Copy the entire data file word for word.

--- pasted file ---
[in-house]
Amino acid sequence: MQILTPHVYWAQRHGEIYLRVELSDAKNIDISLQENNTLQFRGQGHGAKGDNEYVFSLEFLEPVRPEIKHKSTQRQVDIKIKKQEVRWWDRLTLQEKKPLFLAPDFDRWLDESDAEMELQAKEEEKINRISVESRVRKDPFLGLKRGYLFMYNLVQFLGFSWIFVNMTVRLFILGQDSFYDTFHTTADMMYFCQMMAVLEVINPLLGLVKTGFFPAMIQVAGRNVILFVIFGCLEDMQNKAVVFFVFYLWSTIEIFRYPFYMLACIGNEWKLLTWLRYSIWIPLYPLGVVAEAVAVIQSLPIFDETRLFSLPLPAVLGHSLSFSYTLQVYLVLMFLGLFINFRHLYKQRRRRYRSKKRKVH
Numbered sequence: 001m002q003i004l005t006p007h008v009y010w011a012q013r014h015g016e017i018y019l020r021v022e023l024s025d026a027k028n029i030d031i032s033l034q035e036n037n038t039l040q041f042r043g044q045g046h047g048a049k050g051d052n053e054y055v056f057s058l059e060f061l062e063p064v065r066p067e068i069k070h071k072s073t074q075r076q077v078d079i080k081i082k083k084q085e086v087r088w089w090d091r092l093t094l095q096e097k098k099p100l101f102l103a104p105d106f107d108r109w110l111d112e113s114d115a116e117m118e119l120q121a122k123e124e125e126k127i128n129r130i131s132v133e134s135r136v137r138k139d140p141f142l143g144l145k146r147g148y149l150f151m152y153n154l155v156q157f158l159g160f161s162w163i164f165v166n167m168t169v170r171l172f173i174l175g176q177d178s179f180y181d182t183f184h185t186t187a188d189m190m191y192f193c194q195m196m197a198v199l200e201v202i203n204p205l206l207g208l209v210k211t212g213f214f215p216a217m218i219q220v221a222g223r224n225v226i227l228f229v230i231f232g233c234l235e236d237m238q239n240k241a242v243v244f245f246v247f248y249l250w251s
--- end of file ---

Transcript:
[in-house]
Amino acid sequence: MQILTPHVYWAQRHGEIYLRVELSDAKNIDISLQENNTLQFRGQGHGAKGDNEYVFSLEFLEPVRPEIKHKSTQRQVDIKIKKQEVRWWDRLTLQEKKPLFLAPDFDRWLDESDAEMELQAKEEEKINRISVESRVRKDPFLGLKRGYLFMYNLVQFLGFSWIFVNMTVRLFILGQDSFYDTFHTTADMMYFCQMMAVLEVINPLLGLVKTGFFPAMIQVAGRNVILFVIFGCLEDMQNKAVVFFVFYLWSTIEIFRYPFYMLACIGNEWKLLTWLRYSIWIPLYPLGVVAEAVAVIQSLPIFDETRLFSLPLPAVLGHSLSFSYTLQVYLVLMFLGLFINFRHLYKQRRRRYRSKKRKVH
Numbered sequence: 001m002q003i004l005t006p007h008v009y010w011a012q013r014h015g016e017i018y019l020r021v022e023l024s025d026a027k028n029i030d031i032s033l034q035e036n037n038t039l040q041f042r043g044q045g046h047g048a049k050g051d052n053e054y055v056f057s058l059e060f061l062e063p064v065r066p067e068i069k070h071k072s073t074q075r076q077v078d079i080k081i082k083k084q085e086v087r088w089w090d091r092l093t094l095q096e097k098k099p100l101f102l103a104p105d106f107d108r109w110l111d112e113s114d115a116e117m118e119l120q121a122k123e124e125e126k127i128n129r130i131s132v133e134s135r136v137r138k139d140p141f142l143g144l145k146r147g148y149l150f151m152y153n154l155v156q157f158l159g160f161s162w163i164f165v166n167m168t169v170r171l172f173i174l175g176q177d178s179f180y181d182t183f184h185t186t187a188d189m190m191y192f193c194q195m196m197a198v199l200e201v202i203n204p205l206l207g208l209v210k211t212g213f214f215p216a217m218i219q220v221a222g223r224n225v226i227l228f229v230i231f232g233c234l235e236d237m238q239n240k241a242v243v244f245f246v247f248y249l250w251s